Philip Gregan, CEO, New Zealand Winegrowers

Philip Gregan, CEO, New Zealand Winegrowers

Philip Gregan, the CEO of trade organisation New Zealand Winegrowers was in London this week for the country's annual UK trade tasting. He spoke with just-drinks about Brexit, Trump and the future of Sauvignon Blanc.

just-drinks: The UK is New Zealand's second-largest market by value. What does Brexit mean for the New Zealand wine industry?

Philip Gregan: If we take the medium- to long-term view, it should be positive. There have been signals from both the UK and New Zealand governments that they would like to have a free-trade agreement.

In the short term, there is a lot of uncertainty - including the time frame - which is unsettling. But the fact is that it is going to happen, so we might as well get on with it. 

The fall of the pound is going to have consequences, there's no doubt about that. Last week, we were NZD0.58 against the pound. In the last 20 years, most of the time, we have been in the NZD0.3s or NZD0.4s. Price increases are inevitable. It's not possible for producers to continue to sell at the same price as they did previously.

j-d: Where will the price increases go?

PG: I think they are going to have to be passed on to consumers - everybody in the supply chain needs to make some money for the supply chain to be sustainable. In our experience, with New Zealand wine having the highest average price in the UK, people are prepared to pay the price so long as they are getting value for money.

j-d: When do you anticipate price increases to start?

PG: It depends how much foreign exchange cover wineries have in place and it depends on contracts they have with suppliers. Gradually, those increases must come through. And it is not just going to be New Zealand.

j-d: The US is your largest export market by value. Do you anticipate any impact from president-elect Donald Trump's proposed import taxes?

PG: No, I don't think so. We've seen nothing on the horizon specifically around wine tariffs into the US. If you look - for comparative purposes - at wine tariffs into New Zealand from the US - they are very low.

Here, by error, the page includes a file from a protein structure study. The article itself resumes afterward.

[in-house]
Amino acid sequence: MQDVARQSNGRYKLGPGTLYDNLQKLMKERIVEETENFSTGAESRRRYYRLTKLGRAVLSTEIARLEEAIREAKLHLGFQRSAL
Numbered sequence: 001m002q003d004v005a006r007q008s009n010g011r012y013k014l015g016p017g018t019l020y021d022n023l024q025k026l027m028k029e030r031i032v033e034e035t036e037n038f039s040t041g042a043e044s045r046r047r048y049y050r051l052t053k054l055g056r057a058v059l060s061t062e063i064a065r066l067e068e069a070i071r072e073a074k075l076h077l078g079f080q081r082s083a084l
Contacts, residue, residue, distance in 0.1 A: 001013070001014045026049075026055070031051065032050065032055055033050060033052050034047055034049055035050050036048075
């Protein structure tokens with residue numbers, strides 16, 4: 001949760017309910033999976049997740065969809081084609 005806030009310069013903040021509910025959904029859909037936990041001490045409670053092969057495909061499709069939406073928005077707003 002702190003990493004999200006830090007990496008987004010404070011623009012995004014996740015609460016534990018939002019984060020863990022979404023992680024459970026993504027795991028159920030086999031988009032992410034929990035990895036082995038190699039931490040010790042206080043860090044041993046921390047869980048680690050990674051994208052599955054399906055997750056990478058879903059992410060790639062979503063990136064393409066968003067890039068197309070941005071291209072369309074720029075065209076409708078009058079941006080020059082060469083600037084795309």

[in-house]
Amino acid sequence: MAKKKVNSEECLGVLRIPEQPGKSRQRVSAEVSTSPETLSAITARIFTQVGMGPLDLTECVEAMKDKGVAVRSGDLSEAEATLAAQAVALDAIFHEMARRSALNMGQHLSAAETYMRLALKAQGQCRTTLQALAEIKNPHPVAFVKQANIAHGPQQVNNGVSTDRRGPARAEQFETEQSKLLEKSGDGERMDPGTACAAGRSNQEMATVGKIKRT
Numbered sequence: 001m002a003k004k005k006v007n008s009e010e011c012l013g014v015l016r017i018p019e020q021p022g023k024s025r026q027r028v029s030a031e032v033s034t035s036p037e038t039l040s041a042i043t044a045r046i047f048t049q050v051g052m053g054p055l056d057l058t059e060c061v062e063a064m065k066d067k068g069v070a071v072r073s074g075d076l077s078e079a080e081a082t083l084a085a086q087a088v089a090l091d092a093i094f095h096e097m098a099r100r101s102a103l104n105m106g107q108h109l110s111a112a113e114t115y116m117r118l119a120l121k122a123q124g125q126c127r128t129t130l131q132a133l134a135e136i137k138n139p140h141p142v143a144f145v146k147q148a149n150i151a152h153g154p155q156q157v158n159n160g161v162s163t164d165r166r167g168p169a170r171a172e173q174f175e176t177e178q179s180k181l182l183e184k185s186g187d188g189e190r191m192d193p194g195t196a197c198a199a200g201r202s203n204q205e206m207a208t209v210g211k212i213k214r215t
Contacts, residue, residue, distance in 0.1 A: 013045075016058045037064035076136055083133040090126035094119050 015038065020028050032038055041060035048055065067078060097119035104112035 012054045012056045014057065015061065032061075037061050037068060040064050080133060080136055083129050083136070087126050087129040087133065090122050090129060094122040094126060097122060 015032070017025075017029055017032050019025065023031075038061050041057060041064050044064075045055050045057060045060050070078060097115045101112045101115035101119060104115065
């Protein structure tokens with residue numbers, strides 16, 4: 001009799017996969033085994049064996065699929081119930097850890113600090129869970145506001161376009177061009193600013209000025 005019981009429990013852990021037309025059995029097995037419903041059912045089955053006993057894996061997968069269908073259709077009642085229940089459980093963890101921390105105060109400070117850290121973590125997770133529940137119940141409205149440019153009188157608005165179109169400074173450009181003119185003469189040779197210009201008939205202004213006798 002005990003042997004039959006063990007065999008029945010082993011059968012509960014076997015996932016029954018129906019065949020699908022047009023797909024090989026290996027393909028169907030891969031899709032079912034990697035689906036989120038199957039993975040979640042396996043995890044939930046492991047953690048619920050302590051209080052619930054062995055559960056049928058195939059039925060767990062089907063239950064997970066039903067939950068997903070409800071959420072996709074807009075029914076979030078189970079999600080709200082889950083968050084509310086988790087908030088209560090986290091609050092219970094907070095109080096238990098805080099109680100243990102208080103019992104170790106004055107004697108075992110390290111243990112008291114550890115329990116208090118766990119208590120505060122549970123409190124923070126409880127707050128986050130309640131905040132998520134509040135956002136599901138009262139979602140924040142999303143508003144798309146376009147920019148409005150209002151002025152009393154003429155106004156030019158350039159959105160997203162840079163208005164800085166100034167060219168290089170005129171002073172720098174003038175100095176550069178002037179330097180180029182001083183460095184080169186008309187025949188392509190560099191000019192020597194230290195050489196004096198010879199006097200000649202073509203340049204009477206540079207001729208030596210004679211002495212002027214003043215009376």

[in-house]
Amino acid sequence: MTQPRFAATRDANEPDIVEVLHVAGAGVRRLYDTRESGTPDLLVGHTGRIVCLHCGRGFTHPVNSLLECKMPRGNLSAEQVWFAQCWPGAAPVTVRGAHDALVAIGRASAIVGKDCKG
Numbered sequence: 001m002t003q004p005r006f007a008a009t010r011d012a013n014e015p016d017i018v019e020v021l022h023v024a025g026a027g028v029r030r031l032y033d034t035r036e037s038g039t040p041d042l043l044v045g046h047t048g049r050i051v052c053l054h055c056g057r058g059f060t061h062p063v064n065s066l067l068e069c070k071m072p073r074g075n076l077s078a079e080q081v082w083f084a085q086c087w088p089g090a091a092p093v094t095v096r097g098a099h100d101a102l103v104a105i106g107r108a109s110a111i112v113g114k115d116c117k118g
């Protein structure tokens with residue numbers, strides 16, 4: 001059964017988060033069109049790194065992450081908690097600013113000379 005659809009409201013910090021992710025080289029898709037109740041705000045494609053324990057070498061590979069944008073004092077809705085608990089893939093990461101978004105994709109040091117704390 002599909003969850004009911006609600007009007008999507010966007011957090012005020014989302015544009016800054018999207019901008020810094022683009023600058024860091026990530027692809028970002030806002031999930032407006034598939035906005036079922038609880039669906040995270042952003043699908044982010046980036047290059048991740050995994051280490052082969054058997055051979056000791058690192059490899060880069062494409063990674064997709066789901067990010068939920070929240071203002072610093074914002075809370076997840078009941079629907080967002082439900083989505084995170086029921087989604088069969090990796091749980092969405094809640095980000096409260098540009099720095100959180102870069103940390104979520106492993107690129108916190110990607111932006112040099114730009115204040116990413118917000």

j-d: Which markets are you excited about?

PG: Certainly North America - the US and Canada - have seen very strong growth in the last few years. The US is worth a touch under NZD500m and showing incredible strength. We are also starting to see some lift in our third-largest market, Australia. The economy has been in the doldrums slightly for the last two or three years.

j-d: Are there any big marketing plans for 2017?

PG: At the start of the year, we have our four-yearly Pinot Noir celebration. We have 600 people from around 20 countries attending and there are other associated events. We have found, over many years, that the best thing we can do is bring people to New Zealand and let them have the 'New Zealand experience'. We find that 99 times out of 100, they go away as great ambassadors for us.

j-d: Sauvignon Blanc is 85% of exports - there has been talk in the UK of its popularity waning. Is that something you have seen?

PG: I don't think we can ever become complacent. That's one of the reasons we held the Sauvignon Blanc celebration last year in New Zealand - to explore different aspects of the Sauvignon Blanc story: Regionality, sub-regionality, ageing, different wine styles. If there is no complacency and there continues to be experimentation, then the trade will continue to be excited.

j-d: Does the future lie in diversifying within Sauvignon Blanc or do you think winegrowers will start to think about planting different grapes?

PG: It's about adding to Sauvignon Blanc, not replacing it. That was the case with Pinot Noir - with an incredibly strong white wine to our bow, we needed to add a red. We have worked very hard with Pinot Noir. The industry is also experimenting with Pinot Gris and Viognier but it's not about replacing Sauvignon Blanc, it's about adding to it.

j-d: How is the 2017 vintage looking after last November's Kaikoura earthquake?

PG: It was a very big earthquake. The wine that was lost was around 2%, which in the scheme of things isn't a big issue, but the major concern among winemakers was about damage to tanks and getting them fixed or arranging alternative storage prior to the upcoming vintage. That process is well advanced.

j-d: Which Asian markets are you most interested in?

PG: We have a five-year partnership with the New Zealand government body New Zealand Trade & Enterprise in China. It is really an education programme. China is a huge and important wine market but it is one where success can't be measured overnight. I think we are into year four of the programme. Our focus is on trying to educate and contact the trade - the market is just too big for direct contact with consumers. If you're to make a difference, you've got to get the gatekeepers on side - sommeliers, restaurant owners. It takes time to move the dial - it's a huge country.